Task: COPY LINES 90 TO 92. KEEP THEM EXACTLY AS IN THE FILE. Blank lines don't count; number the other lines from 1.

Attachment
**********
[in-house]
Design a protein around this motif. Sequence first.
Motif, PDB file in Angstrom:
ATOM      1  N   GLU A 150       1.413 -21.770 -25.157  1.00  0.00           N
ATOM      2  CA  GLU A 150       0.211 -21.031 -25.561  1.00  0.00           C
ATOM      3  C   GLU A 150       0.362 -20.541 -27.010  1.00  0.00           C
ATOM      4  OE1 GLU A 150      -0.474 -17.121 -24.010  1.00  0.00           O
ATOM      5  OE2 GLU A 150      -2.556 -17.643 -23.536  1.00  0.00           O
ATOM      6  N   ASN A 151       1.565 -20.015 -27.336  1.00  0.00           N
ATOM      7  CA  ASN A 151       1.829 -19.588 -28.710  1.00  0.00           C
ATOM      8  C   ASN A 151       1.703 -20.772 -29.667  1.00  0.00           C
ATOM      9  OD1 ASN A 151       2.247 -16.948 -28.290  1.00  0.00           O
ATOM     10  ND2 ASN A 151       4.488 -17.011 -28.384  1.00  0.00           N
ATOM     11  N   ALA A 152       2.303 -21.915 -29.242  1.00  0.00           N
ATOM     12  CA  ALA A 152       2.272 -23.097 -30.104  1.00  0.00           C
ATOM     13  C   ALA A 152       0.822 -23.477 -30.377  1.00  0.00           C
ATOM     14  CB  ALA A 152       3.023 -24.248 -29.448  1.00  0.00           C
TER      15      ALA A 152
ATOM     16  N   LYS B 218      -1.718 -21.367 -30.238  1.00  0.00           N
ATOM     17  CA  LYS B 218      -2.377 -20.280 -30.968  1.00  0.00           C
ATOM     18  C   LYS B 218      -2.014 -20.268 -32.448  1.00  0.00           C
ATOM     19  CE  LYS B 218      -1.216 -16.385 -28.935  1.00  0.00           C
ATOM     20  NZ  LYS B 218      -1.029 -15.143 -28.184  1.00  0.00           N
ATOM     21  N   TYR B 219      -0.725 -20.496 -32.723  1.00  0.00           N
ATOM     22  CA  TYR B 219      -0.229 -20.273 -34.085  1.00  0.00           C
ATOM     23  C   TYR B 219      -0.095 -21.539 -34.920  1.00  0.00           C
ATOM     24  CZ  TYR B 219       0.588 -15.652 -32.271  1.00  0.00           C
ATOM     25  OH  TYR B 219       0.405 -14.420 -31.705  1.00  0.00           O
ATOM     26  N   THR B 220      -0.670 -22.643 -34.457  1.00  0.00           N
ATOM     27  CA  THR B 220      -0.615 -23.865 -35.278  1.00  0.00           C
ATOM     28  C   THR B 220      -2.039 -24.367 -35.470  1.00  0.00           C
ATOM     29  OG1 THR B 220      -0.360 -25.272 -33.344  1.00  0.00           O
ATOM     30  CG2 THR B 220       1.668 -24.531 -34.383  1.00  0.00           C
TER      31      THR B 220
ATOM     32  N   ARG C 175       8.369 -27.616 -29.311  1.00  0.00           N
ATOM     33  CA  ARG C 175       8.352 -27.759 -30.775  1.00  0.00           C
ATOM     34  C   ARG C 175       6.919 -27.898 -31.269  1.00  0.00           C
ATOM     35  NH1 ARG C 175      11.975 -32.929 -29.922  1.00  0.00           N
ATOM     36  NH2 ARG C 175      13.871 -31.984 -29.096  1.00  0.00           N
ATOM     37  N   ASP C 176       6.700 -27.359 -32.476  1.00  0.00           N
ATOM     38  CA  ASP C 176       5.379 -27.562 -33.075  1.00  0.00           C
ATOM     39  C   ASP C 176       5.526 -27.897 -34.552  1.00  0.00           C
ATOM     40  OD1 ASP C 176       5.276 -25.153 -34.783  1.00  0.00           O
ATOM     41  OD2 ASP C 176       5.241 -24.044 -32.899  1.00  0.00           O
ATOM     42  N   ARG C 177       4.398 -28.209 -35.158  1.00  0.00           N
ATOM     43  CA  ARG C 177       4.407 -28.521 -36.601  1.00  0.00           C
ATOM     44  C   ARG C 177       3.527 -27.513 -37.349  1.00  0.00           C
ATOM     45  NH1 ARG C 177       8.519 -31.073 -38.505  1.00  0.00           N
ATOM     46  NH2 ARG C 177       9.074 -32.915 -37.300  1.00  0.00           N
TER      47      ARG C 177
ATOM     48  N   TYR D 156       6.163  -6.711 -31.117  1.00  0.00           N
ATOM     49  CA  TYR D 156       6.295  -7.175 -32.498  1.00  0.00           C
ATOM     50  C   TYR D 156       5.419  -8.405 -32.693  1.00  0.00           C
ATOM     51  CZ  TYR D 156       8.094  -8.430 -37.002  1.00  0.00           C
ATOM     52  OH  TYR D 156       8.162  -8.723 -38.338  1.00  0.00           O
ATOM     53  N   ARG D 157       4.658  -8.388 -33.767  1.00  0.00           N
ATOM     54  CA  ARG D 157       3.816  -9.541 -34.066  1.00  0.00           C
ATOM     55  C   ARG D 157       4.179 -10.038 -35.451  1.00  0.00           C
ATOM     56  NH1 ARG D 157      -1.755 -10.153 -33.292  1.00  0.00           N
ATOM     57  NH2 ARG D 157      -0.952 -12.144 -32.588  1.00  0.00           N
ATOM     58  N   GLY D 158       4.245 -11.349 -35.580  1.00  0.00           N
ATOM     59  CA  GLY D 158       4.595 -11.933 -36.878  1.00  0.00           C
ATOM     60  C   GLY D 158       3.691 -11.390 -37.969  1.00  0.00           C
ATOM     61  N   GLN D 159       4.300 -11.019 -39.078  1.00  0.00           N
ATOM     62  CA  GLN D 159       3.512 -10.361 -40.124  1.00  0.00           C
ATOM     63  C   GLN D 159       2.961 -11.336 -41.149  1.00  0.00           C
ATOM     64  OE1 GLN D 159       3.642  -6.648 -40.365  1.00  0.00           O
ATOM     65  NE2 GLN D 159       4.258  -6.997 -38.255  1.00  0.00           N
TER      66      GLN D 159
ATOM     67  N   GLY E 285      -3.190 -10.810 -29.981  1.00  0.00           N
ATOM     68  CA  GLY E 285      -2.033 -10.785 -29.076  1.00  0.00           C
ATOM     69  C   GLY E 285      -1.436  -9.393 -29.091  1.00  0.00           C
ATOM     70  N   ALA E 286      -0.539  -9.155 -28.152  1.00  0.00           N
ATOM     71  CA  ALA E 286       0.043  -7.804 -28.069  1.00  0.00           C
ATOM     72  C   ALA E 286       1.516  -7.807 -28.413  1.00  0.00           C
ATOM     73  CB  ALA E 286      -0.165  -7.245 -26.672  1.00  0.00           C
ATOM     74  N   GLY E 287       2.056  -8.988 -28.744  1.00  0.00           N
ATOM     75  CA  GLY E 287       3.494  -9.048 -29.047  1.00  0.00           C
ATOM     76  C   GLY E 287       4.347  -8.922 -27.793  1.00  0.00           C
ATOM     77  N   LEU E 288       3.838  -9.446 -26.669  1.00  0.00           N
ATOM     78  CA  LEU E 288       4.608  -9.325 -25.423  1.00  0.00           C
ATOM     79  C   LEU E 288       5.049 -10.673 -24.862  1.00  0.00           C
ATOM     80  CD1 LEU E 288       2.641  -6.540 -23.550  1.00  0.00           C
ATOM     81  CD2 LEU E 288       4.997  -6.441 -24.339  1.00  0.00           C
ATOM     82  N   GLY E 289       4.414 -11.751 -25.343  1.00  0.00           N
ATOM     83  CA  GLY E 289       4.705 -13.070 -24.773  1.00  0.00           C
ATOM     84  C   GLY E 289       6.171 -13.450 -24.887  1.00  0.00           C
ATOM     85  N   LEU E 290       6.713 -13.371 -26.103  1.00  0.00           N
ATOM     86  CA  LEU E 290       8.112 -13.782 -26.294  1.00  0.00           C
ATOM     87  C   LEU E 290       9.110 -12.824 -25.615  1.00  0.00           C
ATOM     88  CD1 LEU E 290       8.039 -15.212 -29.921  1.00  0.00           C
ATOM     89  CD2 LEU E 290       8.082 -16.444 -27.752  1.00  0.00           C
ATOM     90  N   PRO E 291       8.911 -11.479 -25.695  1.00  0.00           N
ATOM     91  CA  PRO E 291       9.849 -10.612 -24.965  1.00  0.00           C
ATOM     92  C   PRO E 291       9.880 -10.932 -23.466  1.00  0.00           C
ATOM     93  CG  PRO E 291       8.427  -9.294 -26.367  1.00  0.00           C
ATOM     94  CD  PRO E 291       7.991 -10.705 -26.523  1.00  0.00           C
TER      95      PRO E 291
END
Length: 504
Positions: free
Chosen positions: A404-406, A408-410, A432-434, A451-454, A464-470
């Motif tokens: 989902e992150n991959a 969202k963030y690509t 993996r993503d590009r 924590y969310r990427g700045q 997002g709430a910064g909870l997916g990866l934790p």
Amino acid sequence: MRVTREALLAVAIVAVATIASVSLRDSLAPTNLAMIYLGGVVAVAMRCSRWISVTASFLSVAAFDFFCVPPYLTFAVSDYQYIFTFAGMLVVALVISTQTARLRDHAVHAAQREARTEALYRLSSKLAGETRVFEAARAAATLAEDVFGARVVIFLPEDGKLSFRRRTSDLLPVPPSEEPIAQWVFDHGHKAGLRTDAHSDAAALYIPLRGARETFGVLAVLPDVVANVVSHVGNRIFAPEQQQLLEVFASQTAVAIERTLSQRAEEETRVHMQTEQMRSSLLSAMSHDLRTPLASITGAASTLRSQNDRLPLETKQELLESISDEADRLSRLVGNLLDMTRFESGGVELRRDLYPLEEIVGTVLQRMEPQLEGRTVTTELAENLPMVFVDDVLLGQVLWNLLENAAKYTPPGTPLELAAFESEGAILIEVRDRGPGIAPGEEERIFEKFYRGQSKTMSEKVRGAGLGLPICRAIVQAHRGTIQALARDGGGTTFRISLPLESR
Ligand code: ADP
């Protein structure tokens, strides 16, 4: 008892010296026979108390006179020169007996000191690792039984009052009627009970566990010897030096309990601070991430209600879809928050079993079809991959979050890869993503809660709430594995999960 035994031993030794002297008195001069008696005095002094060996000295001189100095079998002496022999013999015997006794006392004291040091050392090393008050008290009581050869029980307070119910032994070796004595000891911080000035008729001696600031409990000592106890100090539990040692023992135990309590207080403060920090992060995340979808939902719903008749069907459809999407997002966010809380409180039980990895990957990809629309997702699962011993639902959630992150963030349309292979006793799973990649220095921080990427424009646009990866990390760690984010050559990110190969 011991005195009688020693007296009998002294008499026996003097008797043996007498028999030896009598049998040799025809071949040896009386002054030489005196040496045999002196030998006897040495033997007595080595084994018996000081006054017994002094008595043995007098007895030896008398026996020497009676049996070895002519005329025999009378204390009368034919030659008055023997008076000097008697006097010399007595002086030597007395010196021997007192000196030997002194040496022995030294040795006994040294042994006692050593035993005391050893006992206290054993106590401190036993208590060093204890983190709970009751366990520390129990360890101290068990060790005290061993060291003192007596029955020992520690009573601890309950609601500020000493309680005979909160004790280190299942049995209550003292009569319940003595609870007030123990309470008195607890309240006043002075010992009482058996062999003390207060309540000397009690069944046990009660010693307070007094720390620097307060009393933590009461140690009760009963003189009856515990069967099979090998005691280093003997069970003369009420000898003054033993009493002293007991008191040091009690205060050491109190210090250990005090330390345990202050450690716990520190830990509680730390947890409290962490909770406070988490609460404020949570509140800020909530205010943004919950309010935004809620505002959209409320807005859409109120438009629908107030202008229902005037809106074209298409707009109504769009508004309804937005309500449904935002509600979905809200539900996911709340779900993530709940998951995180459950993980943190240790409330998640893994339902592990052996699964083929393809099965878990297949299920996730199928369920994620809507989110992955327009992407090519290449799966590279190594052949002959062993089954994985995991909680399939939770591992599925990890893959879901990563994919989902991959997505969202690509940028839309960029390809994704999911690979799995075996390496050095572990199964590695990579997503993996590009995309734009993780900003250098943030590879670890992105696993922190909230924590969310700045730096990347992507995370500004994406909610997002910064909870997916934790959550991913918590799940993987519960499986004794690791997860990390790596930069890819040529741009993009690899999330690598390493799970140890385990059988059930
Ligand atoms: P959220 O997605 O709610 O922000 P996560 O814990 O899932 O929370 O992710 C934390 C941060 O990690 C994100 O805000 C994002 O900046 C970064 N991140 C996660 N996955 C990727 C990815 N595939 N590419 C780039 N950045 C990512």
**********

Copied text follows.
ATOM     87  C   LEU E 290       9.110 -12.824 -25.615  1.00  0.00           C
ATOM     88  CD1 LEU E 290       8.039 -15.212 -29.921  1.00  0.00           C
ATOM     89  CD2 LEU E 290       8.082 -16.444 -27.752  1.00  0.00           C